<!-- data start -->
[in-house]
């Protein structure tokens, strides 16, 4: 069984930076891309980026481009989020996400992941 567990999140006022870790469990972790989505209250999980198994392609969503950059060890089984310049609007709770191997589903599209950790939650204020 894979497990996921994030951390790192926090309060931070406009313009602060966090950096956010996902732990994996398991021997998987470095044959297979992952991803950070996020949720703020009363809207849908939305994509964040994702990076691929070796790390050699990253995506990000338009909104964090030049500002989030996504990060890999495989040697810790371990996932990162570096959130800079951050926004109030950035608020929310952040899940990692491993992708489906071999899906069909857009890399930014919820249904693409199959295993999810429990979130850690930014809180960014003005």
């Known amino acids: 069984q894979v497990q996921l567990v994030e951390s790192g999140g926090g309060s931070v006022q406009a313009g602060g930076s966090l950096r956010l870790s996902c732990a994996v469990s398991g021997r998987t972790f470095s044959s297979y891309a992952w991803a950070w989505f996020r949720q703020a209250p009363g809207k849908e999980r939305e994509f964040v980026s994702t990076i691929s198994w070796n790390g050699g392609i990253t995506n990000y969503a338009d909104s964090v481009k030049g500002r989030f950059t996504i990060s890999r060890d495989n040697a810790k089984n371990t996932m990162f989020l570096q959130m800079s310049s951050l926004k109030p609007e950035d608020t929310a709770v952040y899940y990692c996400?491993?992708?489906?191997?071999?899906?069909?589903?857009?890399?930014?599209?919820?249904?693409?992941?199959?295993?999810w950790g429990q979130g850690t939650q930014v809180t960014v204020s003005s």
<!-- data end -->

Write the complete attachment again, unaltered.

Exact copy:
[in-house]
């Protein structure tokens, strides 16, 4: 069984930076891309980026481009989020996400992941 567990999140006022870790469990972790989505209250999980198994392609969503950059060890089984310049609007709770191997589903599209950790939650204020 894979497990996921994030951390790192926090309060931070406009313009602060966090950096956010996902732990994996398991021997998987470095044959297979992952991803950070996020949720703020009363809207849908939305994509964040994702990076691929070796790390050699990253995506990000338009909104964090030049500002989030996504990060890999495989040697810790371990996932990162570096959130800079951050926004109030950035608020929310952040899940990692491993992708489906071999899906069909857009890399930014919820249904693409199959295993999810429990979130850690930014809180960014003005």
């Known amino acids: 069984q894979v497990q996921l567990v994030e951390s790192g999140g926090g309060s931070v006022q406009a313009g602060g930076s966090l950096r956010l870790s996902c732990a994996v469990s398991g021997r998987t972790f470095s044959s297979y891309a992952w991803a950070w989505f996020r949720q703020a209250p009363g809207k849908e999980r939305e994509f964040v980026s994702t990076i691929s198994w070796n790390g050699g392609i990253t995506n990000y969503a338009d909104s964090v481009k030049g500002r989030f950059t996504i990060s890999r060890d495989n040697a810790k089984n371990t996932m990162f989020l570096q959130m800079s310049s951050l926004k109030p609007e950035d608020t929310a709770v952040y899940y990692c996400?491993?992708?489906?191997?071999?899906?069909?589903?857009?890399?930014?599209?919820?249904?693409?992941?199959?295993?999810w950790g429990q979130g850690t939650q930014v809180t960014v204020s003005s």